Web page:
Published on June 26th, 2012 | by Paterson Prosper0
Mac Users May See Pricier Options on Orbitz.com
Travelers who use Orbitz may want to pay attention to what computer they’re on when it comes time to book a vacation. The Wall Street Journal reported that the online travel agency has been experimenting with showing Mac users higher hotel prices than PC users.
Orbitz Worldwide Inc. OWW 0.00% has found that people who use Apple Inc.’s AAPL +0.06% Mac computers spend as much as 30% more a night on hotels, so the online travel agency is starting to show them different, and sometimes costlier, travel options than Windows visitors see.
Orbitz has found that Apple users spend as much as 30% more a night on hotels, so the online travel site is starting to show them different, and sometimes costlier, options than Windows visitors see. Dana Mattioli has details on The News Hub. Photo: Bloomberg. The Orbitz effort, which is in its early stages, demonstrates how tracking people’s online activities can use even seemingly innocuous information—in this case, the fact that customers are visiting Orbitz.com from a Mac—to start predicting their tastes and spending habits. Orbitz found Mac users on average spend $20 to $30 more a night on hotels than their PC counterparts.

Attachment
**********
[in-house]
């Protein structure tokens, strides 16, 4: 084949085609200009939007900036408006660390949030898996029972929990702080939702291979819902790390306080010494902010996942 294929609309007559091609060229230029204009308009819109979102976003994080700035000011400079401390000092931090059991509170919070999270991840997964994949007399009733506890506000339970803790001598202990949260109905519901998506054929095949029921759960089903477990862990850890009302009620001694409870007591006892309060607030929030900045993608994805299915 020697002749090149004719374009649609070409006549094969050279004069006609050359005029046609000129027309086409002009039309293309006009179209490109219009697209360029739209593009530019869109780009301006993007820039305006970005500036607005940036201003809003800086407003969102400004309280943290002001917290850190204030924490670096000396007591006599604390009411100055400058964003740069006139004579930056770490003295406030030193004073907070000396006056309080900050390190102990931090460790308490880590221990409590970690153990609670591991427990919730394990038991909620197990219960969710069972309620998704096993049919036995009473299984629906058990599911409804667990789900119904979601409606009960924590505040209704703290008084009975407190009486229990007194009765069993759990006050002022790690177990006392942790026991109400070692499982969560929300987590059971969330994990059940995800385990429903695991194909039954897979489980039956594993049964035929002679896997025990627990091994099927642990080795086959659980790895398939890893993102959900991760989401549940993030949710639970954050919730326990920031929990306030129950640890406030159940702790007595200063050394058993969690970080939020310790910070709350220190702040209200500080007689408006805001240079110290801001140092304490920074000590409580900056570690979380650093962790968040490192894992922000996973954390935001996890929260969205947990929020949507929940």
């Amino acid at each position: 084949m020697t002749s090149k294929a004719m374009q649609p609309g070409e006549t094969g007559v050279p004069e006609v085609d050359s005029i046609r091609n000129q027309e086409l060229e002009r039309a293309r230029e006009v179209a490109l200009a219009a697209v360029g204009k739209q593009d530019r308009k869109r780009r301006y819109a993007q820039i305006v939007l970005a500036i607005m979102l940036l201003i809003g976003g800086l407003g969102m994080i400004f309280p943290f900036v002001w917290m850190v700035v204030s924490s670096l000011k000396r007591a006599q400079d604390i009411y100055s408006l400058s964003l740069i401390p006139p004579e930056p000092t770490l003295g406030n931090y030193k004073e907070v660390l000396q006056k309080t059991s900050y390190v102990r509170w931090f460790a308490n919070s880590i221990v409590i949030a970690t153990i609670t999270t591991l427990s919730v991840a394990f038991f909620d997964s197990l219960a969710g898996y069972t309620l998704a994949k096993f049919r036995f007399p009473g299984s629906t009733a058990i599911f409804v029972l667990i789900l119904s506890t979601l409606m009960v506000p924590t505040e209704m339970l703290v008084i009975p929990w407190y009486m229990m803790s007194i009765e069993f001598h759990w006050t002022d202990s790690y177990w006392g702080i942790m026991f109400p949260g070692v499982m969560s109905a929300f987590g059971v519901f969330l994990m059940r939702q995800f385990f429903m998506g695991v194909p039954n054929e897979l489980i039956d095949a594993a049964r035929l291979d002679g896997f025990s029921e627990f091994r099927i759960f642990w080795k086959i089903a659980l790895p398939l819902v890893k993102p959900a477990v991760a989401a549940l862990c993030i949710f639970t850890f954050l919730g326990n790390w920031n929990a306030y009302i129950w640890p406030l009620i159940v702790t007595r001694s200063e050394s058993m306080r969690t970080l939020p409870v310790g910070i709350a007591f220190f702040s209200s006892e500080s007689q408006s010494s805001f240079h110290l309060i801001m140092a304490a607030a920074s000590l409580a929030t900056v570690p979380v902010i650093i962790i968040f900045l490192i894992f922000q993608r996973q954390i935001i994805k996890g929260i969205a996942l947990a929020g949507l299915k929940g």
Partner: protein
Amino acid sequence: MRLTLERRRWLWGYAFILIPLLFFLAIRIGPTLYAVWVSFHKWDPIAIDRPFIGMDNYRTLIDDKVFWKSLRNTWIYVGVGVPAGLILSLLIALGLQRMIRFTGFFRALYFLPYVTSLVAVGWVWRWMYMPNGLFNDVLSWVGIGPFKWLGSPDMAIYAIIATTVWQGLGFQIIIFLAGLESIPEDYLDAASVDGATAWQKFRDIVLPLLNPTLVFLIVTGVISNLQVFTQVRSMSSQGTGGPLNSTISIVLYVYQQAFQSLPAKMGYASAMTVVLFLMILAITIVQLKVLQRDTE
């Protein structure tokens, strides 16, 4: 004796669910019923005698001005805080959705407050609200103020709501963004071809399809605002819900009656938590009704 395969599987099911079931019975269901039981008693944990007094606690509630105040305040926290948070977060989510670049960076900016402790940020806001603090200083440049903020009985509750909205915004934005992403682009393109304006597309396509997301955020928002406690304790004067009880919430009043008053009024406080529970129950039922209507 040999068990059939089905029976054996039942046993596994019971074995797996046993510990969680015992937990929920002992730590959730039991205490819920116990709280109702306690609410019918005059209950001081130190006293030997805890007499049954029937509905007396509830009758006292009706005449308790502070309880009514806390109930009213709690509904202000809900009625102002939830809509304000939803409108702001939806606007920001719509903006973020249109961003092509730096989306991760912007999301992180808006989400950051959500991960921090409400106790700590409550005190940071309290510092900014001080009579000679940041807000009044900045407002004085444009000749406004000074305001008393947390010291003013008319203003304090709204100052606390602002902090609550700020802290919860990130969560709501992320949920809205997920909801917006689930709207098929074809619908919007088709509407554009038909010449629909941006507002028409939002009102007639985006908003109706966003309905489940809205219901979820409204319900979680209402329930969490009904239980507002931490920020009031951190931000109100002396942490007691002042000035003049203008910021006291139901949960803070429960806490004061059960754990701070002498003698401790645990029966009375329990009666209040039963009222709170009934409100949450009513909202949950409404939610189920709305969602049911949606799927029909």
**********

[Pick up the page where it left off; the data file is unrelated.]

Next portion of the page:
Orbitz executives confirmed that the company is experimenting with showing different hotel offers to Mac and PC visitors, but said the company isn’t showing the same room to different users at different prices. They also pointed out that users can opt to rank results by price.
Orbitz found Mac users on average spend $20 to $30 more a night on hotels than their PC counterparts, a significant margin given the site’s average nightly hotel booking is around $100, chief scientist Wai Gen Yee said. Mac users are 40% more likely to book a four- or five-star hotel than PC users, Mr. Yee said, and when Mac and PC users book the same hotel, Mac users tend to stay in more expensive rooms. “We had the intuition, and we were able to confirm it based on the data,” Orbitz Chief Technology Officer Roger Liew said.
The sort of targeting undertaken by Orbitz is likely to become more commonplace as online retailers scramble to identify new ways in which people’s browsing data can be used to boost online sales. Orbitz lost $37 million in 2011 and its stock has fallen by more than 74% since its 2007 IPO.